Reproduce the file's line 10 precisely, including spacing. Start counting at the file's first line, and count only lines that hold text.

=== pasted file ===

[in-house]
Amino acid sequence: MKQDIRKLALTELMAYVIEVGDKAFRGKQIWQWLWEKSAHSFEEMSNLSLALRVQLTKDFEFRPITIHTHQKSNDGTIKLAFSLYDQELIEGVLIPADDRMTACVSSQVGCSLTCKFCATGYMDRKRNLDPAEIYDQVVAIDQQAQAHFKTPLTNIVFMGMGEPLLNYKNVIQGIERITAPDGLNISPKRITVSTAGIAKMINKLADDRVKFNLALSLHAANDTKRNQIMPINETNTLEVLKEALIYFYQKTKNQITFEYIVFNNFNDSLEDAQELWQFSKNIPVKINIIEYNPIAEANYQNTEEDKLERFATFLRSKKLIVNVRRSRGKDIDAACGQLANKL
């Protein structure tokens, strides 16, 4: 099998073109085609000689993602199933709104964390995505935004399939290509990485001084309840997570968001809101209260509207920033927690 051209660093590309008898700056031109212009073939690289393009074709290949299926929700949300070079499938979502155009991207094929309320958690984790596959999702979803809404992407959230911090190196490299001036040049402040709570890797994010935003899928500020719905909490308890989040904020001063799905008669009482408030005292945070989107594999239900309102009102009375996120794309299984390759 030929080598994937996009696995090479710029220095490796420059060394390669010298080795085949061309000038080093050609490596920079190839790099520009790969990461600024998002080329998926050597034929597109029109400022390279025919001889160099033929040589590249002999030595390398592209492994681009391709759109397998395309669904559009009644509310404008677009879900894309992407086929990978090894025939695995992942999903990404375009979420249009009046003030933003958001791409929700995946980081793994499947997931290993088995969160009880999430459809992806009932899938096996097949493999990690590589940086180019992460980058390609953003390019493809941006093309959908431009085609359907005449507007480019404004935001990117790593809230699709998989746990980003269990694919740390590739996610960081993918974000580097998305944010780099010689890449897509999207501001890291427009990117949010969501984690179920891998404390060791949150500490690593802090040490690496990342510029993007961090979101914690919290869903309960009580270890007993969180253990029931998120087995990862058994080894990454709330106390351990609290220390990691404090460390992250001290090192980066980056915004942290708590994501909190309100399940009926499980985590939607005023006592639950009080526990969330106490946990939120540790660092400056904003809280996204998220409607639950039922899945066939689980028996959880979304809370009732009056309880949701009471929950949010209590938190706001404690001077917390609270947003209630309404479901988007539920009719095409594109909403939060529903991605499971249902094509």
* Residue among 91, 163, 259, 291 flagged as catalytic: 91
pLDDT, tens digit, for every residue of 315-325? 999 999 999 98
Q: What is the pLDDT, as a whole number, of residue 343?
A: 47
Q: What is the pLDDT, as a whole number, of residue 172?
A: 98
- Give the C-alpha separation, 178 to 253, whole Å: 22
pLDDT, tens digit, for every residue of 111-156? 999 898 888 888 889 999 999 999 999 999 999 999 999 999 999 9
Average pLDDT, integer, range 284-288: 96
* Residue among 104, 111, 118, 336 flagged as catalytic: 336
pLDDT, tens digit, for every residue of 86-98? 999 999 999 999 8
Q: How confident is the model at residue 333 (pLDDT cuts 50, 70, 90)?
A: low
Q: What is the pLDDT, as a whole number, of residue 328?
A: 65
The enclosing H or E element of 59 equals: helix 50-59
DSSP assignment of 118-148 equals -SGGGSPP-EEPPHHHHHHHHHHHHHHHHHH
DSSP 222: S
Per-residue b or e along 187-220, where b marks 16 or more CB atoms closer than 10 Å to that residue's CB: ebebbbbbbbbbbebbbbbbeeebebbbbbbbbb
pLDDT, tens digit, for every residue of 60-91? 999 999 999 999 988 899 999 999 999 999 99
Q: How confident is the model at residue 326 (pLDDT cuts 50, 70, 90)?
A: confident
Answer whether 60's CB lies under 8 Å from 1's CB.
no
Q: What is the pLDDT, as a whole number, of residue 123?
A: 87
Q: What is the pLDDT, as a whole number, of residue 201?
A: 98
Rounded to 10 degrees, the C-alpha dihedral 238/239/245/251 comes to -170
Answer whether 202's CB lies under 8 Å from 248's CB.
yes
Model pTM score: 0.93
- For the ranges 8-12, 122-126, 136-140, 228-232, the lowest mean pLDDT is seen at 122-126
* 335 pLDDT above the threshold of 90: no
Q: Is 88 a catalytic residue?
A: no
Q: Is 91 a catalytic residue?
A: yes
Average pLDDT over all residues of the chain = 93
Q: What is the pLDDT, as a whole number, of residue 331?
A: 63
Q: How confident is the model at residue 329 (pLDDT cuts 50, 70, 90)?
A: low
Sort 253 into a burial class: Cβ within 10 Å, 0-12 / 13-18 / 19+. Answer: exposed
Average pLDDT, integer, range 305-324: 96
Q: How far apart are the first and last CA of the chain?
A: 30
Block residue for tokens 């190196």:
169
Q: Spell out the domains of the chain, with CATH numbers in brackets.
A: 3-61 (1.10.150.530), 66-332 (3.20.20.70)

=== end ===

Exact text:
- Give the C-alpha separation, 178 to 253, whole Å: 22